“A two-seat gain for Republicans would be absolutely huge, because what essentially that would mean is that the ‘blue dogs’ would run the Senate,” said Sen. Peg Flory (R-Rutland), referring to centrist politicians.
Less crucial to the senate’s balance of power is Chittenden County’s massive, six-member district, where incumbents tend to easily win reelection. This year, those include Democratic Sens. Tim Ashe, Phil Baruth, Sally Fox and Ginny Lyons, as well as Republican Sen. Diane Snelling. Ashe also won the Progressive nomination.
The real question is which of the remaining two Democratic nominees — Williston selectboard member Debbie Ingram or former representative David Zuckerman of Hinesburg — will take the seat made available by Democratic Sen. Hinda Miller’s retirement.
Thanks to his seven terms representing Burlington in the House, Zuckerman is probably better known — and came in ahead of Baruth and Ingram in the Democratic primary. But Ingram has been campaigning hard and enjoys the support of Campbell, the Senate president pro tem, who leads his party’s reelection efforts.
“All I care about, whoever wins between the two of them, is that they’re ready and willing to work — and that means with the entire Senate, not just one or two people,” Campbell says in a veiled jab at Zuckerman, with whom he has clashed over the latter’s decision to principally identify himself as a Progressive.
The biggest question? How many votes will former Burlington mayor Bob Kiss get?
In the House, where Democrats hold 94 seats, Republicans 48 and Progressives 5, most of the contested races are in Rutland, Windsor and Franklin counties. None of the parties expect huge gains or losses, though Republicans appear to be at a disadvantage thanks to the retirement of 10 members and candidate-recruitment struggles.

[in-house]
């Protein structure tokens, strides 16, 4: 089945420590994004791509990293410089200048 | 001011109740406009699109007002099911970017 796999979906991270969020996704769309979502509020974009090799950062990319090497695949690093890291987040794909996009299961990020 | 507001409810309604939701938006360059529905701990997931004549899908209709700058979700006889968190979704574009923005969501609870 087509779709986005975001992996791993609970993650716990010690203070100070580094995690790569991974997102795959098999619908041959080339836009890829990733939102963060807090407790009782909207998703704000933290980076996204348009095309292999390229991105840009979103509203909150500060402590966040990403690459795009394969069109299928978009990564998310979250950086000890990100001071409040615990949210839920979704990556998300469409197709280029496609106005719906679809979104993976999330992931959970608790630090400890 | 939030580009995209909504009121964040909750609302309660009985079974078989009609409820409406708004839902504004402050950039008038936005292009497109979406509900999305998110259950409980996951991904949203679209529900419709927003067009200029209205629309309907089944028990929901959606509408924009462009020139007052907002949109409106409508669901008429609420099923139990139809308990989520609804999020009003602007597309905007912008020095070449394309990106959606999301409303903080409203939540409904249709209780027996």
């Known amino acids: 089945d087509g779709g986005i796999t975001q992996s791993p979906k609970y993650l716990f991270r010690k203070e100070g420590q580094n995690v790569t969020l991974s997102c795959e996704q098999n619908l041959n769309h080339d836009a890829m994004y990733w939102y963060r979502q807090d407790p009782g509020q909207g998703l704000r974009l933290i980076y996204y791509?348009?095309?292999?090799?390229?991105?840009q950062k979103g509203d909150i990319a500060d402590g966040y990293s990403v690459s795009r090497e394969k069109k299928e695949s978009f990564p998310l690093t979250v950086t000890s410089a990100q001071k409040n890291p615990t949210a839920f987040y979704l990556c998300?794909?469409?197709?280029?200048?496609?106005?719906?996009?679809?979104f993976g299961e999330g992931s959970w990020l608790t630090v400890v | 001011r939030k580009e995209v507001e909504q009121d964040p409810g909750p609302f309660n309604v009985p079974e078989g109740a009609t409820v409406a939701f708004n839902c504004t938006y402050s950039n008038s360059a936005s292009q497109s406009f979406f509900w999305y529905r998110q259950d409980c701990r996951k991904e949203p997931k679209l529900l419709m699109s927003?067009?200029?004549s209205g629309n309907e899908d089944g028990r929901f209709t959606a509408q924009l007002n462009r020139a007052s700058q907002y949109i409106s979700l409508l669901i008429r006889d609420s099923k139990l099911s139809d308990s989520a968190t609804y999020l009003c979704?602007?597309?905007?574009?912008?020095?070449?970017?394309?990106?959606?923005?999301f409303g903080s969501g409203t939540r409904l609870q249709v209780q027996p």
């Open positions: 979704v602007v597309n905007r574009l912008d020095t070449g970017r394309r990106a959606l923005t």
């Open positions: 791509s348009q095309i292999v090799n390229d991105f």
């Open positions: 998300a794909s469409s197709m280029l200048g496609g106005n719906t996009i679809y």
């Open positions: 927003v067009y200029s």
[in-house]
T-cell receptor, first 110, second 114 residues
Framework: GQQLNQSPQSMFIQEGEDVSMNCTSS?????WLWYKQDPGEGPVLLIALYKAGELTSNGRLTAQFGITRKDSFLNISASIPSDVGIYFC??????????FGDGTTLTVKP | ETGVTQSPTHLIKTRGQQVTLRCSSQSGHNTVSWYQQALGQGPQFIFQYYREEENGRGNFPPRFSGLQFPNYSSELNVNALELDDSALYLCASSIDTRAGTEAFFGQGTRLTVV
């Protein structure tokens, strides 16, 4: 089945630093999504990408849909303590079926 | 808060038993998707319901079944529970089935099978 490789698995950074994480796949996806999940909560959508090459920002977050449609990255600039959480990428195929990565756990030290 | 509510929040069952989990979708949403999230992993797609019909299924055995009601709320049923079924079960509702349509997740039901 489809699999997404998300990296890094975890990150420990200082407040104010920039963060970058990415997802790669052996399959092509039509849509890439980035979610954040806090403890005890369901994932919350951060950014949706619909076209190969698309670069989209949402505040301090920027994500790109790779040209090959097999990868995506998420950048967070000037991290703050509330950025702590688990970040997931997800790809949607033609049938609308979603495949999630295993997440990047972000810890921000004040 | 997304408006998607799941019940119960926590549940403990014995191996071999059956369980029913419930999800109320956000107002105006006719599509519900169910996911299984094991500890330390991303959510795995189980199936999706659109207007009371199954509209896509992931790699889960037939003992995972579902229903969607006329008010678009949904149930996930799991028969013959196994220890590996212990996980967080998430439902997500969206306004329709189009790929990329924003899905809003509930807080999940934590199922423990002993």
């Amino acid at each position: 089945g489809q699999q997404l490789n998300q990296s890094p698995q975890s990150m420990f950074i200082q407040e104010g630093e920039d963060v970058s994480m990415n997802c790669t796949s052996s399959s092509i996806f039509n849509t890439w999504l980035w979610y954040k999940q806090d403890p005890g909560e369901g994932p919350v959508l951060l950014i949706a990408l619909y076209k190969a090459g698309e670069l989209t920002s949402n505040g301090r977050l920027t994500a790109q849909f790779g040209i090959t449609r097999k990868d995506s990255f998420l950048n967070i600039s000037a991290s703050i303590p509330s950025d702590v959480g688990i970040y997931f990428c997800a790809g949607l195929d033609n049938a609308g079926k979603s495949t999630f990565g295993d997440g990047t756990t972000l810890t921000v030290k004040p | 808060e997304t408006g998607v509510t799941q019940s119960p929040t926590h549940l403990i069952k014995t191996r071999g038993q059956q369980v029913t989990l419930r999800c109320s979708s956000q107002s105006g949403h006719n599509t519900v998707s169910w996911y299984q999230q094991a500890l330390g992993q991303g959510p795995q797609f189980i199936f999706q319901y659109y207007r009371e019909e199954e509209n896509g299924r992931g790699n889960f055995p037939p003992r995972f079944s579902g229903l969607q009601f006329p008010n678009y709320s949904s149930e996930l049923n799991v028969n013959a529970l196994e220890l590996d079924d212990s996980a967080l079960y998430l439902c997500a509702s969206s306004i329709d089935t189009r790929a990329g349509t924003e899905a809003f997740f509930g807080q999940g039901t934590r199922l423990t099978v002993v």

Nevertheless, the Dems are playing defense in Rutland City, where strong Republican challengers want their three seats. Nearby, they’re hoping to pick off Rep. Jim Eckhardt (R-Chittenden) and defend a seat being vacated by Rep. Ernie Shand (D-Weathersfield). Both parties are fighting over a newly created seat pitting two incumbents against one another: Rep. Eldred French (D-Cuttingsville) and Rep. Dennis Devereux (R-Belmont).
“That’s probably the most interesting race this year,” says Nick Charyk, who runs the Vermont Democratic House Campaign.
In the Upper Valley, Republican Alex Defelice is taking a second shot at a two-member district that lost its top Democratic vote-getter, Rep. Chuck Bohi (D-White River Jct.), to retirement. And former two-term House member David Ainsworth of South Royalton is hoping to reclaim the seat he lost by a single vote to Rep. Sarah Buxton (D-Tunbridge) in 2010.
“David has worked extremely hard — done a lot of good things,” says Rep. Don Turner (R-Milton), the House minority leader.
In Franklin County, Democrats are hoping to win a second seat in the two-member St. Albans district currently represented by Rep. Kathleen Keenan (D-St. Albans) and Degree, who’s vacating the seat to run for Senate.
Meanwhile, Turner says two Progressive candidates have Republicans worried up north: Cindy Weed, who is challenging Rep. Peter Perley (R-Enosburg Falls), and Katherine Sims, who is challenging Rep. Mark Higley (R-Lowell).
The only real Prog-on-Dem fight this year is in Burlington’s Old North End, where Progressives Gene Bergman and Kit Andrews are hoping to snatch away two seats last won by Democrats: retiring Rep. Jason Lorber and former representative Rachel Weston, who resigned her seat in January. Democrats are fielding Rep. Jill Krowinski, who was appointed to fill Weston’s seat, and former Rutland House member Curt McCormack.